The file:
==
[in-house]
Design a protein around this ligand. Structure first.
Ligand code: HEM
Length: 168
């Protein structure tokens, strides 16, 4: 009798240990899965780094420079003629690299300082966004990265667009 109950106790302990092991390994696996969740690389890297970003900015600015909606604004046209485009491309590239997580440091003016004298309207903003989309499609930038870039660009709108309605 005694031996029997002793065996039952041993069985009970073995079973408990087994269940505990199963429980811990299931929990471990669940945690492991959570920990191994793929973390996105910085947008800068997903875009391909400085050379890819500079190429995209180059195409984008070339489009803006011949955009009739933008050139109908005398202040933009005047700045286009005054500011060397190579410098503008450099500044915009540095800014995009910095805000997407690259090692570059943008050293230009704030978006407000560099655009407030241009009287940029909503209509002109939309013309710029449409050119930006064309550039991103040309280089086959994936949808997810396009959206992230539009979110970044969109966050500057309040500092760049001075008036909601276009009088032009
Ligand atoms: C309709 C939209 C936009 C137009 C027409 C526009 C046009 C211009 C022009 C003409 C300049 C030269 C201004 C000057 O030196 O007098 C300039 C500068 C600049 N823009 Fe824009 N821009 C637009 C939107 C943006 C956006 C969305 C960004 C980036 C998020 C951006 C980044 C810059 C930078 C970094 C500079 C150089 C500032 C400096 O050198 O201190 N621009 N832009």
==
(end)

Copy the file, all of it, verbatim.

[in-house]
Design a protein around this ligand. Structure first.
Ligand code: HEM
Length: 168
């Protein structure tokens, strides 16, 4: 009798240990899965780094420079003629690299300082966004990265667009 109950106790302990092991390994696996969740690389890297970003900015600015909606604004046209485009491309590239997580440091003016004298309207903003989309499609930038870039660009709108309605 005694031996029997002793065996039952041993069985009970073995079973408990087994269940505990199963429980811990299931929990471990669940945690492991959570920990191994793929973390996105910085947008800068997903875009391909400085050379890819500079190429995209180059195409984008070339489009803006011949955009009739933008050139109908005398202040933009005047700045286009005054500011060397190579410098503008450099500044915009540095800014995009910095805000997407690259090692570059943008050293230009704030978006407000560099655009407030241009009287940029909503209509002109939309013309710029449409050119930006064309550039991103040309280089086959994936949808997810396009959206992230539009979110970044969109966050500057309040500092760049001075008036909601276009009088032009
Ligand atoms: C309709 C939209 C936009 C137009 C027409 C526009 C046009 C211009 C022009 C003409 C300049 C030269 C201004 C000057 O030196 O007098 C300039 C500068 C600049 N823009 Fe824009 N821009 C637009 C939107 C943006 C956006 C969305 C960004 C980036 C998020 C951006 C980044 C810059 C930078 C970094 C500079 C150089 C500032 C400096 O050198 O201190 N621009 N832009």